As well as grandchildren, BBs are also caring for elderly parents. When our grandparents died, our parents were in their twenties, thirties and forties. Nowadays, there are plenty of BBs in their fifties and sixties who still have living parents for whom they care either on a practical or financial level, or both.


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So while many BBs are juggling work commitments with caring for elderly parents and young grandchildren, all we hear in the media is that BBs are ripping off younger generations. Geez guys, cut us a little slack. We’re not all sitting back collecting rents from our allegedly vast real estate empires and rolling about Scrooge McDuck-like in piles of cash, lighting our Cuban cigars with $10 bills.

Baby Boomers are also the first real generation to actively contribute to our own retirement via compulsory superannuation contributions. Nowadays, we have to work longer because governments keep raising the retirement age. Plus many have found that they don’t have nearly enough super to keep them into old age. That’s another thing – everyone’s living longer and money has to be made to stretch over that longer life span.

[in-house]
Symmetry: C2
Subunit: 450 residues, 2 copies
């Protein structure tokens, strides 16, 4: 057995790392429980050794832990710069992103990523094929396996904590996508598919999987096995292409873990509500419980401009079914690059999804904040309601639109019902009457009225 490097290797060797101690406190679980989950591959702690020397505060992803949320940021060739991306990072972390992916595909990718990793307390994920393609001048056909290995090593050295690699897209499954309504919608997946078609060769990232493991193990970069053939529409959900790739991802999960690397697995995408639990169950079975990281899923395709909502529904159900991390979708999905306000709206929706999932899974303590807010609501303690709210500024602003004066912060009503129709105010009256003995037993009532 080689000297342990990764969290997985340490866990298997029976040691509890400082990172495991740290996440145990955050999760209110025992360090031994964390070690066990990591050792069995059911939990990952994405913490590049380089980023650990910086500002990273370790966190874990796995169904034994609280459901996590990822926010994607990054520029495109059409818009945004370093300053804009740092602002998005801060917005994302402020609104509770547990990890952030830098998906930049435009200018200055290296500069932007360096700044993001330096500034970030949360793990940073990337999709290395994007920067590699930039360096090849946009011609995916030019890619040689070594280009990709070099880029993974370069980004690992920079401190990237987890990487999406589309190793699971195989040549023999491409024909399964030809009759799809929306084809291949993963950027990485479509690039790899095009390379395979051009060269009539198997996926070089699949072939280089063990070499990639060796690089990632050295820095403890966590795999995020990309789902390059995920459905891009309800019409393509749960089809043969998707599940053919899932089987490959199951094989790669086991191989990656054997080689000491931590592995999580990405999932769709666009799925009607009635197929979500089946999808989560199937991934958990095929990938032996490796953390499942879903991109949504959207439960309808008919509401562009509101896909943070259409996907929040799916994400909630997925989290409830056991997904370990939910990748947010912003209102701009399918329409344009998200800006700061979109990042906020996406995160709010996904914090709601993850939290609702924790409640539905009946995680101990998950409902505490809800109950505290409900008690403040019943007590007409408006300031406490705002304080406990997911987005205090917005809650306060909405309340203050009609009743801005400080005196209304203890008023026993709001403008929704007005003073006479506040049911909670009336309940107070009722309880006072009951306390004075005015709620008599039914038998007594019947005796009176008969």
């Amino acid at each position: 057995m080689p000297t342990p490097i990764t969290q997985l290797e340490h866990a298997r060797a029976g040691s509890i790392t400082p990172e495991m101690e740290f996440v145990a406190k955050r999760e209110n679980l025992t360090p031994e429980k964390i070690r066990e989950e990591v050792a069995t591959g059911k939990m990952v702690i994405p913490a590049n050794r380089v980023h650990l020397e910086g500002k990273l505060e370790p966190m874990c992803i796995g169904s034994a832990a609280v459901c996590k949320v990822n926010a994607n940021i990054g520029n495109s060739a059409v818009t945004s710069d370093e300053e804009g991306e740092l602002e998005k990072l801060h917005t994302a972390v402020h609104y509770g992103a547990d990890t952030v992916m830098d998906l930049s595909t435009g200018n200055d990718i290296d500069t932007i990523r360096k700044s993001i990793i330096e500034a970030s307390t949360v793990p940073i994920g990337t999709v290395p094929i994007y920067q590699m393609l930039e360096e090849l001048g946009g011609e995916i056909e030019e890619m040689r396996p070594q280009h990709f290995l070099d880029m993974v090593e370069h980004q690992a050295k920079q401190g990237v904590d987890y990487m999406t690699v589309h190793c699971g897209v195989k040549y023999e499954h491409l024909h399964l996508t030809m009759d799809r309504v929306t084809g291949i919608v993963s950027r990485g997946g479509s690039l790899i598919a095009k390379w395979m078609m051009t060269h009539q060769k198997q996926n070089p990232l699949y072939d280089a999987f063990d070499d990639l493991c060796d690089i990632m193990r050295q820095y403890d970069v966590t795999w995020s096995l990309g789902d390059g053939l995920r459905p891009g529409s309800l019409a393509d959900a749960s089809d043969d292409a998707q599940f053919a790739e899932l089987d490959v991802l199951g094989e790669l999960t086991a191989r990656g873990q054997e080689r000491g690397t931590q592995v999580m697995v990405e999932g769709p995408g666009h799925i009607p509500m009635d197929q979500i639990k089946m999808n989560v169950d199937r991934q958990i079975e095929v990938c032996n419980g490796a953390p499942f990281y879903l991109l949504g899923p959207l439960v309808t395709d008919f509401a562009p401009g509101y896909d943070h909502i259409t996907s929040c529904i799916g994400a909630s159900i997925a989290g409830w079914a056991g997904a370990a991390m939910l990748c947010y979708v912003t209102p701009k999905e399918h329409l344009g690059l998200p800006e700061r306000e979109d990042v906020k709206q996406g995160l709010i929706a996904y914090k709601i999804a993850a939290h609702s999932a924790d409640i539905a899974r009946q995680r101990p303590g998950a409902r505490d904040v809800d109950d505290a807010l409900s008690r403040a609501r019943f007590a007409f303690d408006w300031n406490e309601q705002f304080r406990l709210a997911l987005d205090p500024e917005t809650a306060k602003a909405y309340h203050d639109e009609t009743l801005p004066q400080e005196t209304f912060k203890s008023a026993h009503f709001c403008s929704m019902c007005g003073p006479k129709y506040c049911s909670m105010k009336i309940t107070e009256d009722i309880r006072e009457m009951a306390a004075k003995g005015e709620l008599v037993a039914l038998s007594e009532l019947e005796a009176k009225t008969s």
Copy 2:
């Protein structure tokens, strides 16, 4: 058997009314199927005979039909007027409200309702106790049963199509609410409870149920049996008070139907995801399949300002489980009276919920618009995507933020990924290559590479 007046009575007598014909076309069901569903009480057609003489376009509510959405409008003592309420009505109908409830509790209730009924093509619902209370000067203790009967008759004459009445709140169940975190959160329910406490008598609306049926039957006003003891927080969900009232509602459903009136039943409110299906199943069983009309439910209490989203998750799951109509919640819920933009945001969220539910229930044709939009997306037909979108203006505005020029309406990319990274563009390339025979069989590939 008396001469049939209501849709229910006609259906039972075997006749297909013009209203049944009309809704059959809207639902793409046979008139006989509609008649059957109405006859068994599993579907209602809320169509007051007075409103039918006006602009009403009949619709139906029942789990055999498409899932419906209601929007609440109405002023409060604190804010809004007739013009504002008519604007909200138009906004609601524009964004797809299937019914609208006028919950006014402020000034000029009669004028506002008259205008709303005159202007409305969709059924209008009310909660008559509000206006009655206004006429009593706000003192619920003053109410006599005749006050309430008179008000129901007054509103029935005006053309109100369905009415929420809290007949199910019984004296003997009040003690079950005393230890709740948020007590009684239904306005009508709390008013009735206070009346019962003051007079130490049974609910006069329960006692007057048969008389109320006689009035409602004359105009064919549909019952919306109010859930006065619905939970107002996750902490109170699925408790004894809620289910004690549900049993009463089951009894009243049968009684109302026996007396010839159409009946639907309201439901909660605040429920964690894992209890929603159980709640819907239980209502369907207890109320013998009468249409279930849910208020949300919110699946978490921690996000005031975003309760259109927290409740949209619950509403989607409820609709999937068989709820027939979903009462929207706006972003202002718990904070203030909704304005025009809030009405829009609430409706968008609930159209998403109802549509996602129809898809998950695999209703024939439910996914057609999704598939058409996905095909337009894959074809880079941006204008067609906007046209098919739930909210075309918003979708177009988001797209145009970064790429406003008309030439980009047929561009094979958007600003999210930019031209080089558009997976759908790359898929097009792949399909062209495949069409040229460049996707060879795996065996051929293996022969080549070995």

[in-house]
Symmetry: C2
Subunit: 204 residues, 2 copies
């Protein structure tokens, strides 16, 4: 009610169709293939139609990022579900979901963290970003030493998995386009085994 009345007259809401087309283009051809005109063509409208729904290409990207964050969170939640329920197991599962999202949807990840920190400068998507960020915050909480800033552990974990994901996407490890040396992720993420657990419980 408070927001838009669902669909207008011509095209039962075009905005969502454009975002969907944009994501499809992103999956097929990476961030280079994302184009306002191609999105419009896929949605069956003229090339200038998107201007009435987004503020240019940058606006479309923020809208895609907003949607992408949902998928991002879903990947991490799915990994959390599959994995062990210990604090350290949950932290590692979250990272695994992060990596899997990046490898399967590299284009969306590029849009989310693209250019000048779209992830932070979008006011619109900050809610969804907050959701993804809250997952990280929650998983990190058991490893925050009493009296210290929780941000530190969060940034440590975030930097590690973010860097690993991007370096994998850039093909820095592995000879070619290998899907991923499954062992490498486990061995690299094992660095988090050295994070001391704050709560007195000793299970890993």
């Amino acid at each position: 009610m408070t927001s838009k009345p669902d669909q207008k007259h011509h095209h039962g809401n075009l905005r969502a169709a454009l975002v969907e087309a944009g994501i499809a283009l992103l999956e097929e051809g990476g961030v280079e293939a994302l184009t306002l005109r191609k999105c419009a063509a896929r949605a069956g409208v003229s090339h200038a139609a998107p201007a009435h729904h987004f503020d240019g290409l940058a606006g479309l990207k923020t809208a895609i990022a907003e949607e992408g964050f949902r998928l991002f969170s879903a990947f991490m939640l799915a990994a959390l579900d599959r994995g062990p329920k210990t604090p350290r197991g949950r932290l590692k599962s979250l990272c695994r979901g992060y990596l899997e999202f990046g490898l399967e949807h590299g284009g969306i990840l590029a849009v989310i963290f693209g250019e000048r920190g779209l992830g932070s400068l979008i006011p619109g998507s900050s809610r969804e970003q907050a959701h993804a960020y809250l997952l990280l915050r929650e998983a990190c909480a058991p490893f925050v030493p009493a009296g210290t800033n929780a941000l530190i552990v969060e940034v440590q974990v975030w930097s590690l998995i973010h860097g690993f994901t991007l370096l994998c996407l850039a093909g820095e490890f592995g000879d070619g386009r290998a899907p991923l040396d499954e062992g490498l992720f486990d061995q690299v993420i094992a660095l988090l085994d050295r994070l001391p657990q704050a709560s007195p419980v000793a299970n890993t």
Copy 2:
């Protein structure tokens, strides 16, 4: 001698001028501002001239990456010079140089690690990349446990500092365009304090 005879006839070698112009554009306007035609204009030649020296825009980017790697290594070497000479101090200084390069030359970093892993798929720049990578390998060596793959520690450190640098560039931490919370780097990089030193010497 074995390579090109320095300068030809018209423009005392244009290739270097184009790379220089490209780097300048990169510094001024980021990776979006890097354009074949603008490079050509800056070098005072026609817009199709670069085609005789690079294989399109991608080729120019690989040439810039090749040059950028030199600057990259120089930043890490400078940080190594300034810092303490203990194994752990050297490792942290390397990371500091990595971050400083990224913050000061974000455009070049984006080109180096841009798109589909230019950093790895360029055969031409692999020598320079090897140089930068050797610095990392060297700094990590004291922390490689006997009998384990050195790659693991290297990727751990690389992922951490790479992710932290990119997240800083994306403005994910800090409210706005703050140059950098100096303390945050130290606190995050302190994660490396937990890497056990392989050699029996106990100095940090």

On top of that, it’s tough for older people to find employment. There might be rules and guidelines and anti-discrimination laws, but if you lose your job at 55, prospective new employers will not be knocking down your door to hire you. Because of this, many get a second mortgage on their homes, or downsize because they simply no longer have the income to service their loans. What I’m saying is that for every well-off Baby Boomer with a charming little beach house in Noosa, there’s another trying to make ends meet.

It’s true that the BB generation is relatively wealthy and healthy. That’s why we’re staying in our homes and enjoying life when we have time away from the workplace, the parents, the kids, the grandkids.